Obviously the Hummer issue was a big deal at the time and it was thoroughly investigated by the Ohio High School Athletic Association. The OHSAA did not find it in violation of their guidelines as they were currently written (it wasn’t a gift from an agent or similar outside source trying to lure or persuade James). They DID say they might have to rewrite the guidelines to account for “current times.”

      • asimonetti88 - Nov 5, 2013 at 6:26 PM

        Oh BS they both should have resulted in ineligibility as the rules are written, he just got away with them because he’s LeBron James. I think the rules are stupid, if you can make money on your name or likeness you should be allowed to, but if they are going to have the stupid rules, they should apply to everyone, not just those whose star power isn’t enough to get them off.

      • antistratfordian - Nov 5, 2013 at 7:02 PM

        The jersey incident DID result in ineligibility. The hummer incident did not. They would not have hesitated to rule him ineligible for the Hummer just like they didn’t with the jersey – but they didn’t find anything in the documentation between the bank and Ms. James to indicate a violation.

        Hey, they were hounded about this… if someone could prove that they were protecting James people would’ve lost their jobs. But no one could prove that. The guidelines as they were then written did not foresee the possibility of an athlete quite like LeBron coming along and his mom getting a legitimate loan from a bank is not the same as accepting a gift from an agent – there are completely different motivations there. And banks often have requirements for loans that are completely up to their own discretion.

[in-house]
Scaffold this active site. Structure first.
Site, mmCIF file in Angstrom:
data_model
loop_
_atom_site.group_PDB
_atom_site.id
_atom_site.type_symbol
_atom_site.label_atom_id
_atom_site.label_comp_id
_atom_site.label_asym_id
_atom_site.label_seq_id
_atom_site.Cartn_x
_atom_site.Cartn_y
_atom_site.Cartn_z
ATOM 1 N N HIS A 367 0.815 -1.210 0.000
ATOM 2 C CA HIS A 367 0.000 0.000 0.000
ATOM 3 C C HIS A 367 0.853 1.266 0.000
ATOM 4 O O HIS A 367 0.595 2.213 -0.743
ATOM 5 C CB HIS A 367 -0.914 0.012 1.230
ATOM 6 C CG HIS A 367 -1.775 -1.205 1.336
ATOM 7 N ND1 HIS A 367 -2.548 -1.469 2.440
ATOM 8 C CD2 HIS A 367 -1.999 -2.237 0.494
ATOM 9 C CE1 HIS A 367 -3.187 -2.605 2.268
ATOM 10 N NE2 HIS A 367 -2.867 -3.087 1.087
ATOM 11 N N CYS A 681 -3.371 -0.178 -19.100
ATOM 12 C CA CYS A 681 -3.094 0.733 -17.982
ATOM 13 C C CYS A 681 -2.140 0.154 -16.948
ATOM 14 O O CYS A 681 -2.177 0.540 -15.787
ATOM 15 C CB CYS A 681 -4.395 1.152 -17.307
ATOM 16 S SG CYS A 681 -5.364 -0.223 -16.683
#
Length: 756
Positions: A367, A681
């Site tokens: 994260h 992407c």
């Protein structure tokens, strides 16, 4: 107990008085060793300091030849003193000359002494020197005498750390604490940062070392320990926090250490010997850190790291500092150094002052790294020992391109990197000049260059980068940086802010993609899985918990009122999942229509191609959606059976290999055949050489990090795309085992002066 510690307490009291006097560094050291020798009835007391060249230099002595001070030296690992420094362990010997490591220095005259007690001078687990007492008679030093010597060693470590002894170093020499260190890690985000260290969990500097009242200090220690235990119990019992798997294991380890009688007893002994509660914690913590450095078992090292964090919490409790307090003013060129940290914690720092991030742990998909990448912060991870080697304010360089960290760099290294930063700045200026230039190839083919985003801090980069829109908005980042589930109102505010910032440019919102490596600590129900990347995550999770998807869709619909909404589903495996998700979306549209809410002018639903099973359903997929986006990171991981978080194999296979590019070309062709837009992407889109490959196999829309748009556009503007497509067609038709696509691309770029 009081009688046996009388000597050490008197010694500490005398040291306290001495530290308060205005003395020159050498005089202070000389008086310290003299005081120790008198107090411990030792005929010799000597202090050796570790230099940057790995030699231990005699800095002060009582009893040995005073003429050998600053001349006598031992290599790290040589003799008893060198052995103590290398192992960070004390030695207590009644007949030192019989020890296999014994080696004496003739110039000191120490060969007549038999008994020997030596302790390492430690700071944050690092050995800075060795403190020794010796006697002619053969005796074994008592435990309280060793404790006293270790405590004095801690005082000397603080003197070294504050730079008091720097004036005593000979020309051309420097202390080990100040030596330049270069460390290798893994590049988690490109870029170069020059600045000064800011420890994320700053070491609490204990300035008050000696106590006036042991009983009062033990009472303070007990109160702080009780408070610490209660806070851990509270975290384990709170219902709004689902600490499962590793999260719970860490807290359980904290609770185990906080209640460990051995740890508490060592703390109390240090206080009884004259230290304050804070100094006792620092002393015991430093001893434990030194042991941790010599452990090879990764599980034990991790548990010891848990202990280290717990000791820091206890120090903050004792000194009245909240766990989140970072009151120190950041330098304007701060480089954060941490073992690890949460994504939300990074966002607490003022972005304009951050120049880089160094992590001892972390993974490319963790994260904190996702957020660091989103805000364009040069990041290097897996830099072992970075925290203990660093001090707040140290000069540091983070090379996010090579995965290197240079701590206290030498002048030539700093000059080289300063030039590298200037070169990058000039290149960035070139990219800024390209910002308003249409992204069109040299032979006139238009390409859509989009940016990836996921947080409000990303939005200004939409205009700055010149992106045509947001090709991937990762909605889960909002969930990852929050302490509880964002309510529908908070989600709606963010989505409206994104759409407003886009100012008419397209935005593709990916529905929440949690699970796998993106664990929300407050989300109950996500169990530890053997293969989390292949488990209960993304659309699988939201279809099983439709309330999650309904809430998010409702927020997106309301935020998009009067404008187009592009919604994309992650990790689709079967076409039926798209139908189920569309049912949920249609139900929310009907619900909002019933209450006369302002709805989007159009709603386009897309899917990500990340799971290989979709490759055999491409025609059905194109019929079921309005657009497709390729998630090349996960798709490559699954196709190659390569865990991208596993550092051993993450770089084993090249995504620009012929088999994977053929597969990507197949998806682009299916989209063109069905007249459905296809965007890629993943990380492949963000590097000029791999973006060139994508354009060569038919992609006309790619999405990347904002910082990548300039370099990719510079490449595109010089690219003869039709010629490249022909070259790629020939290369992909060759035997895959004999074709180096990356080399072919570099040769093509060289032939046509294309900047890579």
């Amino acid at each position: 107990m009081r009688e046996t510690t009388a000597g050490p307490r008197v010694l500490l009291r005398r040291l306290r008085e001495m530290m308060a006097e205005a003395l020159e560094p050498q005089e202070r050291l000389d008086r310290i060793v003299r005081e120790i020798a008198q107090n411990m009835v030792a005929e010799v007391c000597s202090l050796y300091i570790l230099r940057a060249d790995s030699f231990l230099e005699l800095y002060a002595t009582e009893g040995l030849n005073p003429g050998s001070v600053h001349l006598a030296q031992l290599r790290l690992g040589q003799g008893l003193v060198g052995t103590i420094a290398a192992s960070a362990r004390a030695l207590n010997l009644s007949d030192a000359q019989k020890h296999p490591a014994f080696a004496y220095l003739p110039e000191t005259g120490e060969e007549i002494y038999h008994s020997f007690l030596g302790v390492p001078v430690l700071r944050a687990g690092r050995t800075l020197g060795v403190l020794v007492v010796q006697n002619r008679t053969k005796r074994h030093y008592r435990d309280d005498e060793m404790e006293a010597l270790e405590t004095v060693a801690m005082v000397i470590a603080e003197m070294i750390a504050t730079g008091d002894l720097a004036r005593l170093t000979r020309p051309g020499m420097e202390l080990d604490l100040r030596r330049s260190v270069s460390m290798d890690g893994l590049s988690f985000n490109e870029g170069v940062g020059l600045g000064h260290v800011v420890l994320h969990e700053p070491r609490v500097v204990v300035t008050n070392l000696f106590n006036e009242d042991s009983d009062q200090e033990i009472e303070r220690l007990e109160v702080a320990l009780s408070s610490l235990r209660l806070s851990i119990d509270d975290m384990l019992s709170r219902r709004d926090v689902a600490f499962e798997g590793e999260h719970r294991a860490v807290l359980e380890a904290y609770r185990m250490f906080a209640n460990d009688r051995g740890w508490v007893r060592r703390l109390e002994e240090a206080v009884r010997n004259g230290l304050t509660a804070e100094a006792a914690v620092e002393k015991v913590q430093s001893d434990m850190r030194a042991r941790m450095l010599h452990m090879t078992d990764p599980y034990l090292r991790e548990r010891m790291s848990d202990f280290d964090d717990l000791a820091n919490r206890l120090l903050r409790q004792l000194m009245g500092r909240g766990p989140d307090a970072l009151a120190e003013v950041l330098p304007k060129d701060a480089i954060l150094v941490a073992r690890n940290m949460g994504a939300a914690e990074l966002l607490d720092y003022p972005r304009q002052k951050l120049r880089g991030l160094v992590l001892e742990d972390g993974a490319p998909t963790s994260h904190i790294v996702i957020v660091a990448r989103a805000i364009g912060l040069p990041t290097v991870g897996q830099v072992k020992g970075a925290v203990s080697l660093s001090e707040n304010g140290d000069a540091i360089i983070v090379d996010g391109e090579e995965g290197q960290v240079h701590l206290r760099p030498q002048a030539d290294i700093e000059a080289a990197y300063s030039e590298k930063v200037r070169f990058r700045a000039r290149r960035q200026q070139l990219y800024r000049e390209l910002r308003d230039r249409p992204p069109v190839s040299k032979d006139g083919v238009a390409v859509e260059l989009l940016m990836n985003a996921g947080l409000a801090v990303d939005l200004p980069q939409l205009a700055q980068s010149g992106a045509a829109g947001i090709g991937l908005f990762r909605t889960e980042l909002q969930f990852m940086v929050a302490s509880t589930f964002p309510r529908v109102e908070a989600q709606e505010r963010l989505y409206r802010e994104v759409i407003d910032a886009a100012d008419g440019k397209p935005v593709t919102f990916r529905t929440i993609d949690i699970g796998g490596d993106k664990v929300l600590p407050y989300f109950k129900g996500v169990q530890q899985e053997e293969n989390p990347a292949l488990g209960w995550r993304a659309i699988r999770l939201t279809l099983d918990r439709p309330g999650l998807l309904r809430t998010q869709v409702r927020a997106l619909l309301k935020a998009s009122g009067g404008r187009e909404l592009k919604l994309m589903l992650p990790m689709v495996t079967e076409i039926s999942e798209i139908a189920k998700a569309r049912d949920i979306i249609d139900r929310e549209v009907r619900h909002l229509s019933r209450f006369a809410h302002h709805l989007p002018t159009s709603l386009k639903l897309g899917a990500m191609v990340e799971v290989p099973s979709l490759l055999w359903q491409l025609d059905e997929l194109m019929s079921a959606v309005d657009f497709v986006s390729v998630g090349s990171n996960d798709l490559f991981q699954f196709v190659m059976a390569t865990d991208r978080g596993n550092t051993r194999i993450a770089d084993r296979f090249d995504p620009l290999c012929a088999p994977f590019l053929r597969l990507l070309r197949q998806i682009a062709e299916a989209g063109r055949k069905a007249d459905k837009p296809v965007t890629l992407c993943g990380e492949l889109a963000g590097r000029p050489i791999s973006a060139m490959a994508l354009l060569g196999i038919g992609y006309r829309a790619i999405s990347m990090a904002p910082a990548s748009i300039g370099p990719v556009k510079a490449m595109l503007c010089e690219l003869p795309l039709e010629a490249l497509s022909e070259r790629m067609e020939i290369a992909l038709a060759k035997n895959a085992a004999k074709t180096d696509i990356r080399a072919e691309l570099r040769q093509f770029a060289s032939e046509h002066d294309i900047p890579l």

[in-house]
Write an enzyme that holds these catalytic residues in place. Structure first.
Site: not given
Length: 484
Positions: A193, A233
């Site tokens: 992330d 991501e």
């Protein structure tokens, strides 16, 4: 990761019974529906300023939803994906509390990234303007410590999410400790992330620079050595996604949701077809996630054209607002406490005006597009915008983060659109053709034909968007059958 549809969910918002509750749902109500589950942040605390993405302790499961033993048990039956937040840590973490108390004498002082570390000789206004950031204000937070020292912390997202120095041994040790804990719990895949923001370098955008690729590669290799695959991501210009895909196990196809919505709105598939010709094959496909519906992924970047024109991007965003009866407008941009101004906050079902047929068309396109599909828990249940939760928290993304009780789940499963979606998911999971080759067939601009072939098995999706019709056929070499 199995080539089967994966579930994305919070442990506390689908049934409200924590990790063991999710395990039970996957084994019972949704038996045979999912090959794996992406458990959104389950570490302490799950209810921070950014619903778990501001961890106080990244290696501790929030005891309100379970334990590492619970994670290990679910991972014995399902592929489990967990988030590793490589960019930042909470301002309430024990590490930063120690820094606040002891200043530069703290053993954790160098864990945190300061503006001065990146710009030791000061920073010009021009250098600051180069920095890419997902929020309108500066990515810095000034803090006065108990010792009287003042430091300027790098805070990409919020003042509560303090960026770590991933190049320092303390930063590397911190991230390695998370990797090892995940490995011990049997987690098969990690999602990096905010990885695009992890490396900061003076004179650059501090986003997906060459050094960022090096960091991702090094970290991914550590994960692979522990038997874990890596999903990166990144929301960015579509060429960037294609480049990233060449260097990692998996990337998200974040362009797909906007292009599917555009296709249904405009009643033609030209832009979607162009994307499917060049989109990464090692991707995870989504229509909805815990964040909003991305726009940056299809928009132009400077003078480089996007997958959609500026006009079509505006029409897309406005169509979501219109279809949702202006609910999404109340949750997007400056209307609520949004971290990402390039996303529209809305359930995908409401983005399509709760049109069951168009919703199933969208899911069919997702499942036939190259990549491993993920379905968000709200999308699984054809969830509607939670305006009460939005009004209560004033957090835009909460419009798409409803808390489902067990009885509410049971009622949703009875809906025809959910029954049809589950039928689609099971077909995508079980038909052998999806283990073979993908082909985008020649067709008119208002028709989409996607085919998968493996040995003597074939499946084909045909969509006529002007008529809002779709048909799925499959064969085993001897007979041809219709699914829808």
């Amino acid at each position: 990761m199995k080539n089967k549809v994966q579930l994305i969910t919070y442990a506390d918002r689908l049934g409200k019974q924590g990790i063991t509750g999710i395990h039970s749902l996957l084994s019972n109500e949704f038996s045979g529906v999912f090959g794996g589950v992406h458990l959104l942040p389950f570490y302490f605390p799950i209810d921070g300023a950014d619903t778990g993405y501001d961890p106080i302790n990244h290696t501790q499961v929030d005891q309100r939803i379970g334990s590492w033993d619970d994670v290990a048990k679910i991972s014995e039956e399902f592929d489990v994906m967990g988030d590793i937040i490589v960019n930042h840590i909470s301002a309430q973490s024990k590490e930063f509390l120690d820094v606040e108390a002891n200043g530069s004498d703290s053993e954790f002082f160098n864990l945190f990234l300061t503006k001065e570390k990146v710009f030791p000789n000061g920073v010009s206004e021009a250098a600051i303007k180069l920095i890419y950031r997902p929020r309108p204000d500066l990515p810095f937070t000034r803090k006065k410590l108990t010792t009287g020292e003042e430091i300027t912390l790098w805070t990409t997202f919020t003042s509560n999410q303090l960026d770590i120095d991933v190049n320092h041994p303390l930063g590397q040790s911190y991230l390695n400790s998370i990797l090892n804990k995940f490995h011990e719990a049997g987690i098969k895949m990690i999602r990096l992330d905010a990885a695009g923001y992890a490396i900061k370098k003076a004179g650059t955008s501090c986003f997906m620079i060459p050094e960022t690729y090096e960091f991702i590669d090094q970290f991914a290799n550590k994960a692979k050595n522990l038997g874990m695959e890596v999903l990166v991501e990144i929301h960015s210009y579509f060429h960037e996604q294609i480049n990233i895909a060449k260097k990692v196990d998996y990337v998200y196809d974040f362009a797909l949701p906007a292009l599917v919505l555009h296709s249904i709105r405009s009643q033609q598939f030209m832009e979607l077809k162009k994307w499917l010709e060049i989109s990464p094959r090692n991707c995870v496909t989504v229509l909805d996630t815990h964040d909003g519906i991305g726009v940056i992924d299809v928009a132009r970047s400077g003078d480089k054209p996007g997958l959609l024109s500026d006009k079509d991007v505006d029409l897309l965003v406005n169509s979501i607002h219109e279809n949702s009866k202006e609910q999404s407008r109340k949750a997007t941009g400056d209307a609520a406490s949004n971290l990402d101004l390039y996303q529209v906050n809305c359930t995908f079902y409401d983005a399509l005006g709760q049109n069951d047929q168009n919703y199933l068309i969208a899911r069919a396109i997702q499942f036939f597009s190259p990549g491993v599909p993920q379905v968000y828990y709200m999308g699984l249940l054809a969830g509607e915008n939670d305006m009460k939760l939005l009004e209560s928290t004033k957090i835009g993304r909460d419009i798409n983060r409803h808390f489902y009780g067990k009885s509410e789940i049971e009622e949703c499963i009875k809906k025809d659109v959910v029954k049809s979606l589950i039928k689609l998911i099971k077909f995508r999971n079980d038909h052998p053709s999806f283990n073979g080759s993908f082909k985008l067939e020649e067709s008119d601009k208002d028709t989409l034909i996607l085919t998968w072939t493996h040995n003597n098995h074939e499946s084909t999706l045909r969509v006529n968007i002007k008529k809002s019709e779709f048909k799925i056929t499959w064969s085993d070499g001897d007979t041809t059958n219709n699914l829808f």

2. cg2424 - Nov 5, 2013 at 2:04 PM

    The totally unrelated MKG dig in the last paragraph jasl;jkfhl;sjkgaskl;ghas;fjkasdl;dgf

  3. kclanton80 - Nov 5, 2013 at 2:08 PM

    growing up wealthy improves your chances at everything! period.

    • johngalt1783 - Nov 5, 2013 at 2:36 PM

      Isiah Thomas said this years ago. He talked at length about the difficulties in escaping the Chicago inner city and the daily life in the inner city all of which made it difficult to escape the inner city and go on to play in the NBA.

      There have been some great players in America’s inner cities who never made it to college even as a one and done player and therefore never to the NBA.

  4. nygrwy - Nov 5, 2013 at 2:26 PM

    If black ( I hope this isn’t taken in the wrong light. They are they superior athlete) kids grew up with money and could harness their physical abilities through top camps and coaching there would be so much more talent in the NBA. Instead with no Guidance they are all trying to copy And 1 moves before even learning the weave. Fundamentals is everything in basketball but even with all the talent in the world you still need to learn them to be the best.

  5. hansob - Nov 5, 2013 at 2:34 PM

    Come on… he’s making assumptions based on COUNTY per capita income? That’s hardly an indicator or a “wealthy neighborhood”. Counties in urban areas have every kind of neighborhood, wealth-wise.

    An example: Hennepin County in Minnesota is listed as having the highest per capita income in the state (http://www.biggestuscities.com/demographics/mn/income-per-capita-by-county). This is also the county that the poorest parts of Minneapolis are in. It just gets bumped up by the rich suburbs surrounding it.

    What a terrible study.

    • hansob - Nov 5, 2013 at 2:53 PM

      Derrick Rose grew up in Englewood in Chicago. That’s in Cook County. Which has the 7th highest per capita income in Illinois out of 102 counties (http://www.biggestuscities.com/demographics/il/income-per-capita-by-county).

      So according to this guy’s logic, Rose grew up in a wealthy neighborhood.

      • antistratfordian - Nov 5, 2013 at 3:19 PM

        Stop it. Counties are not neighborhoods. Counties contain all sorts of different neighborhoods, towns and cities.